Our Xtreme Gardening line has expanded this year. Especially for the hydroponic growers, we have added the Xtreme Tea. Besides using it in hydroponic applications it can also be used for cuttings and as a root drench on established plants. It's great for vegetables, fruits, herbs and flowers.


Top 10 things to do in March
 
  1. Dig organic materials into your vegetable and flower gardens for bigger crops and more efficient water use. Paydirt, Bumper Crop and Black Forest Compost are three blended organic mixes that are perfect for flower and vegetable beds. All of these organic mixes now contain mycorrhizae, a beneficial fungus which will make your plants more drought-tolerant. One bag of any of these organic mixes will be enough for 50 square feet.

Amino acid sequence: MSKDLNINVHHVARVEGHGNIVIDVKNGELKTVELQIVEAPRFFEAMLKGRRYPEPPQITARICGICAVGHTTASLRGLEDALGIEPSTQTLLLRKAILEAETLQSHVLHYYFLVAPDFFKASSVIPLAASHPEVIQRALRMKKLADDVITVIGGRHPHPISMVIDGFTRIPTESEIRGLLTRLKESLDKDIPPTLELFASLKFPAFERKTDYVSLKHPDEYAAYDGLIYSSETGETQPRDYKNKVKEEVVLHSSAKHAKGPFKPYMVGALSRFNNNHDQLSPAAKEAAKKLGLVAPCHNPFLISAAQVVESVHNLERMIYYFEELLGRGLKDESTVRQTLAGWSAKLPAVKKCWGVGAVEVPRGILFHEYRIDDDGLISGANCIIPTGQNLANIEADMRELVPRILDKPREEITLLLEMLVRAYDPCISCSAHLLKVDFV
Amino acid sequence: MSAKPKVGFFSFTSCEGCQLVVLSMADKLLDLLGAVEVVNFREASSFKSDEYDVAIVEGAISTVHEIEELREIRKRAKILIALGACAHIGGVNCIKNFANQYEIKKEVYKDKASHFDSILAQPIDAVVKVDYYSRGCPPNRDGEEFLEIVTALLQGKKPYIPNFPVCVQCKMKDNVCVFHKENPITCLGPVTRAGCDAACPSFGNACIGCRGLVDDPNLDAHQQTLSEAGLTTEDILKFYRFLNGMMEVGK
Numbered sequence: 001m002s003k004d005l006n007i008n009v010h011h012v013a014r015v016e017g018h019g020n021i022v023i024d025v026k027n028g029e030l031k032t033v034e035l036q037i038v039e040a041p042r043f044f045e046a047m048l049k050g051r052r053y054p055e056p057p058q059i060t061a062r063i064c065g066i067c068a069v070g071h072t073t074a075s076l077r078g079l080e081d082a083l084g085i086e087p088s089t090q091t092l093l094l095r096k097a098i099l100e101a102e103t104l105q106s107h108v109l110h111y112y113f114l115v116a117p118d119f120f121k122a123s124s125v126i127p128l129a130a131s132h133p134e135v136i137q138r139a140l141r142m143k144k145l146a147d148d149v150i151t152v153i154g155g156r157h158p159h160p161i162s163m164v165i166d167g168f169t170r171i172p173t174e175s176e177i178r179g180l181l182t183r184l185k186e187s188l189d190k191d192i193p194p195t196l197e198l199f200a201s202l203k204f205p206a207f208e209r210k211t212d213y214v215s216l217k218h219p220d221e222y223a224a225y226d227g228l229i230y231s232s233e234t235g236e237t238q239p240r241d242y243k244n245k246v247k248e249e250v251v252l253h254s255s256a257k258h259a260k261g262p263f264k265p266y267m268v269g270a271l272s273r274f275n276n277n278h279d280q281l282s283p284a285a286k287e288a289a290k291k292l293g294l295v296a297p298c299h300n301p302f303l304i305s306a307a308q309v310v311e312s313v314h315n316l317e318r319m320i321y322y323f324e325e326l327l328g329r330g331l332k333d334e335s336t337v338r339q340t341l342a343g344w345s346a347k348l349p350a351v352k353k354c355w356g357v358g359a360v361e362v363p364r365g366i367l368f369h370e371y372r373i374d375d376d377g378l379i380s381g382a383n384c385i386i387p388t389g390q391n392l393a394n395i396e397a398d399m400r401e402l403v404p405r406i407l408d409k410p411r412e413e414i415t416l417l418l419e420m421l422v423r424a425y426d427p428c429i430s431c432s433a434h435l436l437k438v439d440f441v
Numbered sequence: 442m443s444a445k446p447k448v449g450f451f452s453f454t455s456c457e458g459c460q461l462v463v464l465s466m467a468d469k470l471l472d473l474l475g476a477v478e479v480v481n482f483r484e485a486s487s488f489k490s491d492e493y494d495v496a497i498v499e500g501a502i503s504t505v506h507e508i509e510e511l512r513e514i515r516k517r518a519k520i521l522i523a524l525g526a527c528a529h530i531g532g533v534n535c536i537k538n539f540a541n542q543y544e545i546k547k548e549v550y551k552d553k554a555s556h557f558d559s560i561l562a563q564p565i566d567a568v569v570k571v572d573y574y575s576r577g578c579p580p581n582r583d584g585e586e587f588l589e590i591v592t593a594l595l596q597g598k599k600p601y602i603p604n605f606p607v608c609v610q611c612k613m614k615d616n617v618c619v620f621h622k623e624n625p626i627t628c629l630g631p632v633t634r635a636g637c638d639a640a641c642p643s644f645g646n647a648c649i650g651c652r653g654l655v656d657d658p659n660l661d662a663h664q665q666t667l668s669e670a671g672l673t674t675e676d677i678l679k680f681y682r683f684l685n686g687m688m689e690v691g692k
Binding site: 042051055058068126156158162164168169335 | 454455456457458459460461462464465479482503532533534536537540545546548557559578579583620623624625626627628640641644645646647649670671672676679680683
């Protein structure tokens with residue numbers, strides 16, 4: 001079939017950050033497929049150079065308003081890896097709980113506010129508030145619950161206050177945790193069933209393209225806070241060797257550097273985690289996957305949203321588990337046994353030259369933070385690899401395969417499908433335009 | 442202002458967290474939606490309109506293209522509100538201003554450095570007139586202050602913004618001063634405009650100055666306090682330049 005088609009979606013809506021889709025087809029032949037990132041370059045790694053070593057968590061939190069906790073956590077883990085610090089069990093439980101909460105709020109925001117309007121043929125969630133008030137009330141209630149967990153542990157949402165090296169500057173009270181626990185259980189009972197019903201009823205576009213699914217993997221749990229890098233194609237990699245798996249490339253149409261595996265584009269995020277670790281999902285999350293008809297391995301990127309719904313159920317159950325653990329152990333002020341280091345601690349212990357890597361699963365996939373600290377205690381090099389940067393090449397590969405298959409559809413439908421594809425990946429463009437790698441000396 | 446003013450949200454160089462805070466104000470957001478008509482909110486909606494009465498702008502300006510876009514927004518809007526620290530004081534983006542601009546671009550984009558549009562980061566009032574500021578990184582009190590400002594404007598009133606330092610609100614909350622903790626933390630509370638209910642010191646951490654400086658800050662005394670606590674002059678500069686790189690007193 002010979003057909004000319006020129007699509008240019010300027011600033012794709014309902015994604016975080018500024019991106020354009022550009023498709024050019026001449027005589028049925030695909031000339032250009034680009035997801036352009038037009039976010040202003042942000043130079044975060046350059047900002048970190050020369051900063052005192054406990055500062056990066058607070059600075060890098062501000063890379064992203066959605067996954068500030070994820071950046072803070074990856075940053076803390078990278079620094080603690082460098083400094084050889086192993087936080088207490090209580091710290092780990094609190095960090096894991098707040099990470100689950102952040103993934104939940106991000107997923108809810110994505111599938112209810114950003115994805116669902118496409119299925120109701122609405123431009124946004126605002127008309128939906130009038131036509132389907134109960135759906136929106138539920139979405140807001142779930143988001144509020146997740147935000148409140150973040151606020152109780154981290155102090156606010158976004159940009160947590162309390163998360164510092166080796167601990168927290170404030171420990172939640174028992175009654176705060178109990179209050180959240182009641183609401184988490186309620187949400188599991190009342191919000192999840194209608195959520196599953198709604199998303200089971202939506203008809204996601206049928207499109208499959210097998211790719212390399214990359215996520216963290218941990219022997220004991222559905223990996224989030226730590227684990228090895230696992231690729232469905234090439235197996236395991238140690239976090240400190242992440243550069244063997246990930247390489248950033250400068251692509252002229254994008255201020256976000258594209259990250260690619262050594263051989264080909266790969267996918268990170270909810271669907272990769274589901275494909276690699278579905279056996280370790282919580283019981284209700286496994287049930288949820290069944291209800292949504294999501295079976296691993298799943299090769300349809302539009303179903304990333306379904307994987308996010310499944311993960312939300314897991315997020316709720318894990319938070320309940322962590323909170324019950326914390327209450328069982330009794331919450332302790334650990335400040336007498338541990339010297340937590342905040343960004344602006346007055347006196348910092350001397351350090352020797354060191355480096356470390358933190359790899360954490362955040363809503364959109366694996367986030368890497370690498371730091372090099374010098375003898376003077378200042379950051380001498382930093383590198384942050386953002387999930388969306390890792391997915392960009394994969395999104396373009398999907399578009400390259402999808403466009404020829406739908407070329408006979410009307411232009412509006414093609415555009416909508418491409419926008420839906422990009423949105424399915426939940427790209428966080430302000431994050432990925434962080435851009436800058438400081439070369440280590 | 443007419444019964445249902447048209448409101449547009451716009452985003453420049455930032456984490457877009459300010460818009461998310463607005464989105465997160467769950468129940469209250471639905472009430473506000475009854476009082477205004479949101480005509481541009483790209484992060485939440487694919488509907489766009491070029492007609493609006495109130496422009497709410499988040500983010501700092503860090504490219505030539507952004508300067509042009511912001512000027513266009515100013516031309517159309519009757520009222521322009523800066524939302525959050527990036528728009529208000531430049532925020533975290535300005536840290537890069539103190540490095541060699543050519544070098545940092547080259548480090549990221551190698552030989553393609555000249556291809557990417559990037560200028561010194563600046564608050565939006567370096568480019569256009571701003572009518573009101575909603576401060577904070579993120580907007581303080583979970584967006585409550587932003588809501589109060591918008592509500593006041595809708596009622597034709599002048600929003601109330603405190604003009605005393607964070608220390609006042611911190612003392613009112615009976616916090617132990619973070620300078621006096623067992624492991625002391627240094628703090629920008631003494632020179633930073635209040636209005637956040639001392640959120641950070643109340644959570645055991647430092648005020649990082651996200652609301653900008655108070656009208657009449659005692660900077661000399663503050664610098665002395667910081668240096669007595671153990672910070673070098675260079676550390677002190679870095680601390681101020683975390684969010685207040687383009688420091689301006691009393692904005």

2. This winter was very dry - and all plant material will be more stressed starting into this growing season, making trees and shrubs more susceptible to damage caused by insects. Apply Bonide Tree and Shrub and Insect Control on deciduous trees as well as evergreens to prevent borers, aphids and elm leaf beetles. This is a once-a-year soil drench application that eliminates the use of repeat sprayings with insecticides throughout the growing season. Apply Bayer Fruit, Citrus & Vegetable insect Control to fruit trees and vegetable gardens for annual insect control. Greenhouse Garden Center has received better pricing this year and is happy to pass that savings on to our valued customers. New this year is the Ferti-Lome Tree and Shrub Systemic Soil Drench available in a 2.5 Gallon container.